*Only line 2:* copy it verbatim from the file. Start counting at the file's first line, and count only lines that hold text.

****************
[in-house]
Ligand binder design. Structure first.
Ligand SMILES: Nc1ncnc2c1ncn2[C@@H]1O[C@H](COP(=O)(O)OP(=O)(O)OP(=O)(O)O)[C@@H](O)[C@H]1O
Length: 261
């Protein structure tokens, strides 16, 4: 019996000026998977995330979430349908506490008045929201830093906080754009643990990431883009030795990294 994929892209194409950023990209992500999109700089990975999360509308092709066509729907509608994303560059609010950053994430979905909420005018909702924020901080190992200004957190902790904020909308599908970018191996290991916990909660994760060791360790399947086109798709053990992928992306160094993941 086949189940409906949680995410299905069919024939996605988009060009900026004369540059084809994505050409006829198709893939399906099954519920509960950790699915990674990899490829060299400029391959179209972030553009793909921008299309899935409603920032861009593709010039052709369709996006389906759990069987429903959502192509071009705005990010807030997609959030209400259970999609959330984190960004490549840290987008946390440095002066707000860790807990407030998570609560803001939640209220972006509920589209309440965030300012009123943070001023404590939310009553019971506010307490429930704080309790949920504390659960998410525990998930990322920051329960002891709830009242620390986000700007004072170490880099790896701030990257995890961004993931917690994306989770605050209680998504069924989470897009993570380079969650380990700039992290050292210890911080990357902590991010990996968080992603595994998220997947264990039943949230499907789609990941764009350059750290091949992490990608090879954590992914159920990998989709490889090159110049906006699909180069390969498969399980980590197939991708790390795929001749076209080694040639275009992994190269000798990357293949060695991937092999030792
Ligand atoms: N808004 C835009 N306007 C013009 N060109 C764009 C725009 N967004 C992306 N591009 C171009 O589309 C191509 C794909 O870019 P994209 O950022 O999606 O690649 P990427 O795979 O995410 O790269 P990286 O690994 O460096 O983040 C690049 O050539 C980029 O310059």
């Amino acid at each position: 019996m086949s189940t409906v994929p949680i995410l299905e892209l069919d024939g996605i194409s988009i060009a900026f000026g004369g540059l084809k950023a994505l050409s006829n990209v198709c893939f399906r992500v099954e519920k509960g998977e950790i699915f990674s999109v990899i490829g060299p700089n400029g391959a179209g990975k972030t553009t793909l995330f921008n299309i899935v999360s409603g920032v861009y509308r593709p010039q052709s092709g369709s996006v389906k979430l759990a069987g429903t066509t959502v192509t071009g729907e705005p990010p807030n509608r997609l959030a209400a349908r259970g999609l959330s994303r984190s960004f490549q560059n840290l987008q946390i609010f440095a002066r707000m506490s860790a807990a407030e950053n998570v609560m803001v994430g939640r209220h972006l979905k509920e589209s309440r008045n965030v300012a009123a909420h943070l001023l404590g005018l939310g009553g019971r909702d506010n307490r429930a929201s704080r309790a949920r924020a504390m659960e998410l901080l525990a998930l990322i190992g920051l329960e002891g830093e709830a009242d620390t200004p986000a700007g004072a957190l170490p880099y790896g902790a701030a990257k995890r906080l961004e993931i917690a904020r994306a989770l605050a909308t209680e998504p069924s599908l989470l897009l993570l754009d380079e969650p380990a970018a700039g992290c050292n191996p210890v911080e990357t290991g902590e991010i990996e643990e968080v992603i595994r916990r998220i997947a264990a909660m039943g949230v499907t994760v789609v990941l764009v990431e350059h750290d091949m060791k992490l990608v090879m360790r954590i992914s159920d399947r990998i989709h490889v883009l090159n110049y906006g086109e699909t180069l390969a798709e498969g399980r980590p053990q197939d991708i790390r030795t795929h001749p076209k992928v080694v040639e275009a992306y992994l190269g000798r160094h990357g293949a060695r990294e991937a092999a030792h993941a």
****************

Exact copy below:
Ligand binder design. Structure first.